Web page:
Ash Wednesday And Father Vincent Coming!
From the Pastor: Ash Wednesday And Father Vincent Coming!
As you all must certainly know by now, this Wednesday is special for two important reasons. Primarily, because it is Ash Wednesday, the beginning of Lent. We will have three Traditional Latin Masses that day, at 6:30 am, 8:00 am, and 7:00 pm, and one Novus Ordo Mass in the rectory chapel at 8:00 am. Fr. Tuoc will celebrate the chapel Mass. Fr. Mangiafico and I will assist each other at the two morning TLMs in the church, and then I will take off for a nice Lenten vacation. (I will be in a private hermitage with a bed, a bath, and a chapel. No emails, no phone calls, no meetings!) Fr. Mangiafico will then assist Fr. Vincent, who will arrive in time to celebrate the 7:00 pm TLM and then take over for me in my absence (the second reason Wednesday is important!). For those new to the TLM, it is important to know that the ashes are blessed and distributed to the people before Mass begins. We will start at the announced Mass times, so the blessing and distribution begins at 6:30 am, 8:00 am, and 7:00 pm. After the ashes are blessed, the people kneel at the altar rail and the priest marks the sign of the Cross on their foreheads saying, “Memento, homo, quia pulvis es, et in pulverem reverteris” (Remember, man, you are dust and to dust you shall return). After the people return to their seats, the priests wash their hands and the Mass begins. So if you arrive late, you will miss out on the ashes unless you are able to stay for the next Mass time. Let me reiterate: Ashes are blessed and imposed before Mass, not during, not after, not later in the day when you remember that it is Ash Wednesday and race to church. I am leaving town right after Mass. Fr. Mangiafico does not live in Tampa and will be returning home for the day. Fr. Vincent will not be at the parish until the evening Mass. So, if you are late for Mass you will not get ashes imposed by any of us for we will not be here! Actually, I am grouchy and ornery enough that I would probably turn you away even if I were at the parish, and, though the other two priests are far nicer, I will stress again that they will not be here. Do you get the sense that I am warning you to be on time?
Ash Wednesday is a day of both fast (1962 rules: age 21-59 inclusive) and abstinence (1962 rules: age 7 and up). Fasting means not eating. Abstinence means not eating meat. So we fast from all food for most of the day and are only allowed to eat one full but regular-sized meal, usually in the evening. No snacking is allowed but one or two small “collations” or snacks (not snacks like we normally think of them nowadays, such as candy, chips, and other junk food) can be taken if necessary but the total amount of food taken can not equal or exceed the one full, regular-sized meal you will eat later. And, of course, due to abstinence, neither of the collations nor the meal can contain meat.
Now back to Fr. Vincent. Somebody around here is a tattle-tale! They told him about the plumbing problems in the rectory and he called wondering if he was going to have to give up not just hot showers (a-la-Exodus 90) but all showers! Fortunately for him (and for you, too, I suppose!), the plumbing problems in the rectory have been fixed. But, if you remember what I told you last Sunday, we should ask for and be thankful for all the penances that God sends our way, as they all may contribute to our sanctity. So I was very thankful when, nearly as soon as the rectory plumbing was fixed, the sewage pipes near the lift station between the rectory and office began spewing raw sewage all over the ground. Taking it in stride, I invited many of you to come and try out our new “swimming pool,” but there were no takers. The city construction crews across the street have previously knocked out both our water and our internet, and this time they did something to the sewer system. According to their own representative when our plumber reported our problem and asked for any reported damage, they answered that there have been numerous calls in our area. The city sewage pipes were backing up onto our lawn, but, after supposedly checking it out, they said it was our problem, not the city’s. It took until Wednesday afternoon, but it is now fixed. Of course, the smell is still there and won’t go away until we have a really, really, good rain. But for now, even though it is all pretty dry, I wouldn’t park near the lift station if I were you. You will certainly be tracking that nasty stuff into your vehicle even in this dry weather, but if we have just a light rain you will be tracking home “fresh” stuff, too, as it rehydrates. Then again, it is almost Lent, and if you were looking for extra penance...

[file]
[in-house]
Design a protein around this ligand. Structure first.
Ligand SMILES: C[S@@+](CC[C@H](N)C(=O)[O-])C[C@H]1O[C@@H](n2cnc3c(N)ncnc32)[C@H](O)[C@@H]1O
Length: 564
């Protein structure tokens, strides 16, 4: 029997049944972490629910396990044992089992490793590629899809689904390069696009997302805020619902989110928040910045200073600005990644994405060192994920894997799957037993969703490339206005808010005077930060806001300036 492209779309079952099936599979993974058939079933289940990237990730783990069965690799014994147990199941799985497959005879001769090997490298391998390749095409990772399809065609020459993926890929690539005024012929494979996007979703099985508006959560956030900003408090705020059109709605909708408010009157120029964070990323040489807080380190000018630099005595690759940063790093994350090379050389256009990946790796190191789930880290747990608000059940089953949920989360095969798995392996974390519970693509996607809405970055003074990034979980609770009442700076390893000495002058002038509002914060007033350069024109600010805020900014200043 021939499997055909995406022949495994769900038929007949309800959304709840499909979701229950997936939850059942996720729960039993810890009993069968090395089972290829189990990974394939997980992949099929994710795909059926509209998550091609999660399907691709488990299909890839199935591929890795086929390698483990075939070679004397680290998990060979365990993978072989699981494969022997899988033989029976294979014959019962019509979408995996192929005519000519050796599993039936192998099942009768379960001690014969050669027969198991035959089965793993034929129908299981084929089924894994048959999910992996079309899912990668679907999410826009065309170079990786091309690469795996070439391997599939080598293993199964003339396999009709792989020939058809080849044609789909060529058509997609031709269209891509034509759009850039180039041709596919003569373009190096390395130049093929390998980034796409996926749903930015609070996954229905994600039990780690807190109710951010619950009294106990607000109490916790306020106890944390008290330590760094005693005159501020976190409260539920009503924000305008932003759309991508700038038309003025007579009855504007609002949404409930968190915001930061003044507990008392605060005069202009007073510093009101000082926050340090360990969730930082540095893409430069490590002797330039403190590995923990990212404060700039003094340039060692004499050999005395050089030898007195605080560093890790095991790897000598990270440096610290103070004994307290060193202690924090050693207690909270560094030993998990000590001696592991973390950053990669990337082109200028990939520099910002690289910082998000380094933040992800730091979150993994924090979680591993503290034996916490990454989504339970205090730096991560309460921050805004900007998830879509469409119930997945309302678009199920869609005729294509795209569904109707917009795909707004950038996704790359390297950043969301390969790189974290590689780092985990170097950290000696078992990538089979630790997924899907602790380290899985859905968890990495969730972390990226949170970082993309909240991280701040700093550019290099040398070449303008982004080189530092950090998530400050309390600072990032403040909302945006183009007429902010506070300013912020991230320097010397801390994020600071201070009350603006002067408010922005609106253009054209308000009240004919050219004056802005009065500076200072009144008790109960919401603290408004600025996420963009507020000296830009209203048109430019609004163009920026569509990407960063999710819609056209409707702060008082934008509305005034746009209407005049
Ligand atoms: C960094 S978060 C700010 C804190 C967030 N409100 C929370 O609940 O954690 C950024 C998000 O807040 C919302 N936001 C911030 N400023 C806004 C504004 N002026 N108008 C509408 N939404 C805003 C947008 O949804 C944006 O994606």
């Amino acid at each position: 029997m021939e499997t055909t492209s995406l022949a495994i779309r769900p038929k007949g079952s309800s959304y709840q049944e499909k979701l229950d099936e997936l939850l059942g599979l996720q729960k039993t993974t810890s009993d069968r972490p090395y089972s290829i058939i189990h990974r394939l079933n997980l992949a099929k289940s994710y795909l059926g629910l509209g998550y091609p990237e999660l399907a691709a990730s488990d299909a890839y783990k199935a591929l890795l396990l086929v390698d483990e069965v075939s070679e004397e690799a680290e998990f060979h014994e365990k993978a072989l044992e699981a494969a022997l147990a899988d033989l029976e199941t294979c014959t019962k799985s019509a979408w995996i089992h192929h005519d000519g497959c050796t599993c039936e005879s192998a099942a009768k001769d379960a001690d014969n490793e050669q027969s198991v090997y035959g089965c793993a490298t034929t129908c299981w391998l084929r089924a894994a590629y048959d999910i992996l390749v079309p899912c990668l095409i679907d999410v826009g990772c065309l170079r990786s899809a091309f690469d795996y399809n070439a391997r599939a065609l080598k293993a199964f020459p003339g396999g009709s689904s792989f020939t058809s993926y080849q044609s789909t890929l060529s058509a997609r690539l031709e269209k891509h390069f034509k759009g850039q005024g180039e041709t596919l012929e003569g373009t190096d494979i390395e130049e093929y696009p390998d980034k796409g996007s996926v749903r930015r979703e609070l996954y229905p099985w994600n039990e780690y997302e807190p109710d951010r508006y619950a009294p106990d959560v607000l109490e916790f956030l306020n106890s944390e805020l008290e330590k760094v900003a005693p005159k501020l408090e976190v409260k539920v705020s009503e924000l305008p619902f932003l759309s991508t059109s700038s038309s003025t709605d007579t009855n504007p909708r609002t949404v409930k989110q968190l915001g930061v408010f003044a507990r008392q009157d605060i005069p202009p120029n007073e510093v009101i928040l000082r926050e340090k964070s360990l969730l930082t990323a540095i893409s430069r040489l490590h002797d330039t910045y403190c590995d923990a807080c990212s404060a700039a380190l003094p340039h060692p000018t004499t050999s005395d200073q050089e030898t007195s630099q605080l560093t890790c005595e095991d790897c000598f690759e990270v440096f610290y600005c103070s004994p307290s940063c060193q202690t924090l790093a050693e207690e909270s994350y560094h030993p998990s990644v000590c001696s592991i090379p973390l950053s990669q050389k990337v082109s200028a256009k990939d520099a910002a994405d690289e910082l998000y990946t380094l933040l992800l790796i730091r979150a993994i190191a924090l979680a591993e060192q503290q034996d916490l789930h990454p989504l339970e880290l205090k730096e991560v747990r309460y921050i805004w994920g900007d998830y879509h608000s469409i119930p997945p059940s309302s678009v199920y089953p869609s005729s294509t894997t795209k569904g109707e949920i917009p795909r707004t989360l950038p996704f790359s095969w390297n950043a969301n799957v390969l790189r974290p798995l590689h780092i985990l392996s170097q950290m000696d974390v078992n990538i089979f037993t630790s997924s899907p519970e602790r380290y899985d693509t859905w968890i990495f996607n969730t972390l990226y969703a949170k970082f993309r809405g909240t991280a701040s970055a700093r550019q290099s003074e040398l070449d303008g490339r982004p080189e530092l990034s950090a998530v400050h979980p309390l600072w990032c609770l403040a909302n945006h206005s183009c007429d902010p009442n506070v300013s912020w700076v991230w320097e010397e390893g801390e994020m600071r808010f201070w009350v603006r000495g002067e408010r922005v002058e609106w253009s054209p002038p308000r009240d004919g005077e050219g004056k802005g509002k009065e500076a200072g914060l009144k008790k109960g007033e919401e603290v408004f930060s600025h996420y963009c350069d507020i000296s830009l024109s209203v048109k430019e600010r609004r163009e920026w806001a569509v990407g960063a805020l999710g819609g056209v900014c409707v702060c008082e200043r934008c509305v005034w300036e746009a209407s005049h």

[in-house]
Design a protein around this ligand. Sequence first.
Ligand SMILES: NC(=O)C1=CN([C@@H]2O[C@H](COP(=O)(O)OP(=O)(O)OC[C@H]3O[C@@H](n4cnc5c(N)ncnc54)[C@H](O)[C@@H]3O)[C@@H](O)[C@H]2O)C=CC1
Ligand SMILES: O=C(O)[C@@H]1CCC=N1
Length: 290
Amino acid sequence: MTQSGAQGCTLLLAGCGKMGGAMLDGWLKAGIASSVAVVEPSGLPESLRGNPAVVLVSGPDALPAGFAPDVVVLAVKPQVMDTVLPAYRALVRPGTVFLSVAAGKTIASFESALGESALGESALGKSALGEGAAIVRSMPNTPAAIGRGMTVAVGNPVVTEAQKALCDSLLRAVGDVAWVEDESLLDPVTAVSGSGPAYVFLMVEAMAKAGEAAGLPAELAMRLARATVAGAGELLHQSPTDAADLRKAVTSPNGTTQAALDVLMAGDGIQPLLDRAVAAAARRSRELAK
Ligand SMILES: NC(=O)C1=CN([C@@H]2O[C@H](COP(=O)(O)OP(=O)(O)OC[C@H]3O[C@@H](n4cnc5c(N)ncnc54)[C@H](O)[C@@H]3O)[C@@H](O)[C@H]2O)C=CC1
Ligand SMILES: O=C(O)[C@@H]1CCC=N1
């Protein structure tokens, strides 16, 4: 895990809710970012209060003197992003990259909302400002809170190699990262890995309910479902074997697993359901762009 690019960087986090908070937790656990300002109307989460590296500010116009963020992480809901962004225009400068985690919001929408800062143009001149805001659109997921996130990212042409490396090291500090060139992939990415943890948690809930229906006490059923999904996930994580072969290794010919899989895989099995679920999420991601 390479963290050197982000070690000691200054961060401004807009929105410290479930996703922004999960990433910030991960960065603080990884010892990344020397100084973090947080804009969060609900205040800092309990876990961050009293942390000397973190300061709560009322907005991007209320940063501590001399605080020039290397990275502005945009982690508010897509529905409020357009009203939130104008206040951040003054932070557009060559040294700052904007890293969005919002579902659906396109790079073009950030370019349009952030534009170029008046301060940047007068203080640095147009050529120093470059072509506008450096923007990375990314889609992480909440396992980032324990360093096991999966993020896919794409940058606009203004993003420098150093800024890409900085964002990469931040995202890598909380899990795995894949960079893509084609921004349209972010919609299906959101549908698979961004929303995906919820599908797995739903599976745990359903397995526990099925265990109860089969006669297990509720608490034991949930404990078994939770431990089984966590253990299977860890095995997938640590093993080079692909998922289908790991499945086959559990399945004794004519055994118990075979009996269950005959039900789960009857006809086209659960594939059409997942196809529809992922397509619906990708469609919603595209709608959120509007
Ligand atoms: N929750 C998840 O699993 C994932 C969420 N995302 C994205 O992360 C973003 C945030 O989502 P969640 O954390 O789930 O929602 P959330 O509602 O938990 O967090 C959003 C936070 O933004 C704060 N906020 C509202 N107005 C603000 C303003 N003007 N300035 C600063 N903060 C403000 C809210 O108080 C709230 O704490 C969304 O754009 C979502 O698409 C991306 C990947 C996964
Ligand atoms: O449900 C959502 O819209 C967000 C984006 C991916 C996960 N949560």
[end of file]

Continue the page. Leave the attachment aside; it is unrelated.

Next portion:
Oh, I forgot that I was writing about Fr. Vincent. He is taking my place while I am gone. He is a beloved, good, holy priest, and I don’t know how much free time he will have for purely social activities, but don’t hesitate to ask for his assistance in caring for any of your spiritual needs while he is here. Bringing food for him (except for on Ash Wednesday!) might be nice, too!
With prayers for your holiness,
Rev. Fr. Edwin Palka
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